Agriculture: Conditions for slaves working in agriculture depended on the wealth of their owners. A wealthy owner might own hundreds or thousands of agricultural slaves. The slaves lived in communal houses, led by a higher-ranking slave or freeman, and were often branded for identification. Their job was to work the fields, and, although their conditions were better than those for a mining slave, agriculture slaves were still chattel with little chance for release.

An agriculture slave owned by a middle-class family was generally better off. He had more chances to earn a little money on the side and, if not released, could hope to attain a status similar to sharecropper, in which he worked the owner's land and paid a portion of the harvest to the owner. Some of these slaves would have been purchased from a slave trader, but others would have sold themselves for material support or to pay off a debt.

Prostitutes and Gladiators: Women in the sex trade and men chosen to fight to the death lived in the worst urban conditions. Their lives were short and brutal. They were owned as chattel and, like miners, were often kidnapped by slave traders or through war. Chance for release was negligible.

Tradesmen: The Roman upper class was too good for actual work, but they still needed shoes, weapons, furniture, and the like. Many tradesmen were technically slaves, and many more were freemen who had been released from slavery but continued on in their former owners' shops. Tradesmen often had a great deal of autonomy, as their owners had better things to do than monitor all their investments, and records from Pompeii show that even women held management positions. There was a good chance a tradesman would be released and, as mentioned, continue to work as a freeman with pay. Many down-and-out Romans sold themselves into slavery for the purpose of receiving room and board while learning a trade.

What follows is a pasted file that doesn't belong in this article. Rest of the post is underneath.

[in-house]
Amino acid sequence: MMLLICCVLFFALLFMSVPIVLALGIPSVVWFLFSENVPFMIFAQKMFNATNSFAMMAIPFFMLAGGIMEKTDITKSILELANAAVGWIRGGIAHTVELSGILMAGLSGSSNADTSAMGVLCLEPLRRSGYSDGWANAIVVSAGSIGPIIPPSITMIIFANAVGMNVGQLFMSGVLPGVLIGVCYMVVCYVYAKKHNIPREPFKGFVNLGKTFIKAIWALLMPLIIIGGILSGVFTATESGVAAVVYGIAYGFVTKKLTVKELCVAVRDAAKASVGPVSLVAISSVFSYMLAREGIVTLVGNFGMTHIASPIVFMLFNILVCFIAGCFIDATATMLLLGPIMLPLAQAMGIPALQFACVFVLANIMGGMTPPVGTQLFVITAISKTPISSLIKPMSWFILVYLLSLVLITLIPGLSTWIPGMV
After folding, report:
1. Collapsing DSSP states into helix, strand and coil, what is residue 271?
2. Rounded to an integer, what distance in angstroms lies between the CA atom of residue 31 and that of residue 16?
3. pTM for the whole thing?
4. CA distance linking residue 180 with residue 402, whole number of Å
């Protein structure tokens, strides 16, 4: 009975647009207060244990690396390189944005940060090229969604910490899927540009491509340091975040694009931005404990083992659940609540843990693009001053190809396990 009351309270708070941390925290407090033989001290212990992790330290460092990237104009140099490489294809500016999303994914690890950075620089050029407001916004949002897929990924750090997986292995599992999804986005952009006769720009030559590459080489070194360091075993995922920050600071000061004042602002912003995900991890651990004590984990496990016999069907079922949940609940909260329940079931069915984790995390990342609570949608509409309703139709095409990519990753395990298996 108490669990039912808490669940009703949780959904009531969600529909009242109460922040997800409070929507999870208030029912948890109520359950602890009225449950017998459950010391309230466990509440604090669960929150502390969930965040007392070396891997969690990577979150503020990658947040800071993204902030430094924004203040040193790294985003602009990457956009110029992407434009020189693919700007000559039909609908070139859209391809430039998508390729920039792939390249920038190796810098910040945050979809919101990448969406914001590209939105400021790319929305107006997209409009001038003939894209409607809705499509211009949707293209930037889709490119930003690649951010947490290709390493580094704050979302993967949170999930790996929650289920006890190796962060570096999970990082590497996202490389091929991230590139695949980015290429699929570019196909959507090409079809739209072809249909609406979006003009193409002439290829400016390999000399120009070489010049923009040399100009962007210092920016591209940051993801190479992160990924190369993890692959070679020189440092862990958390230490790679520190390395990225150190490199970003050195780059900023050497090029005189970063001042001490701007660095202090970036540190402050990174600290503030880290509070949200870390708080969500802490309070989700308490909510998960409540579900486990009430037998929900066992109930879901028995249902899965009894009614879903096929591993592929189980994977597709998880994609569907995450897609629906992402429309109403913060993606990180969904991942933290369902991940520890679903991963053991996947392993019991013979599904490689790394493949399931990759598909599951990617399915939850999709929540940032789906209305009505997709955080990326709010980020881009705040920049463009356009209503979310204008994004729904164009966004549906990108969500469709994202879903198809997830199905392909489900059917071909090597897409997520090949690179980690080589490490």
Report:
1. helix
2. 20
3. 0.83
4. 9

Domestics: The vast majority of urban slaves were domestics who lived in their master's house and had regular interaction with the family. Domestic slaves were needed to cook, clean, sew, garden, care for the horses, carry litters, teach the children, and even provide musical entertainment for guests. Treatment varied depending on the personality of the owner; some slaves were undoubtedly abused, while others were released and married into the family.

White collar: The rich Romans had no more time for paperwork than they did for carpentry. Many enterprising young men sold themselves to important families for the purpose of learning accounting, medicine, or politics. These slaves could generally trust to be freed after a time and allowed to continue their career. A freed slave could hold almost any position besides elected office, and their freeborn children could rise as high as their ambition could take them. Their position in society was a strange one; the established families looked down on them as nouveau riche, but also lauded them to their own slaves as an example of the rewards to be had if they worked hard.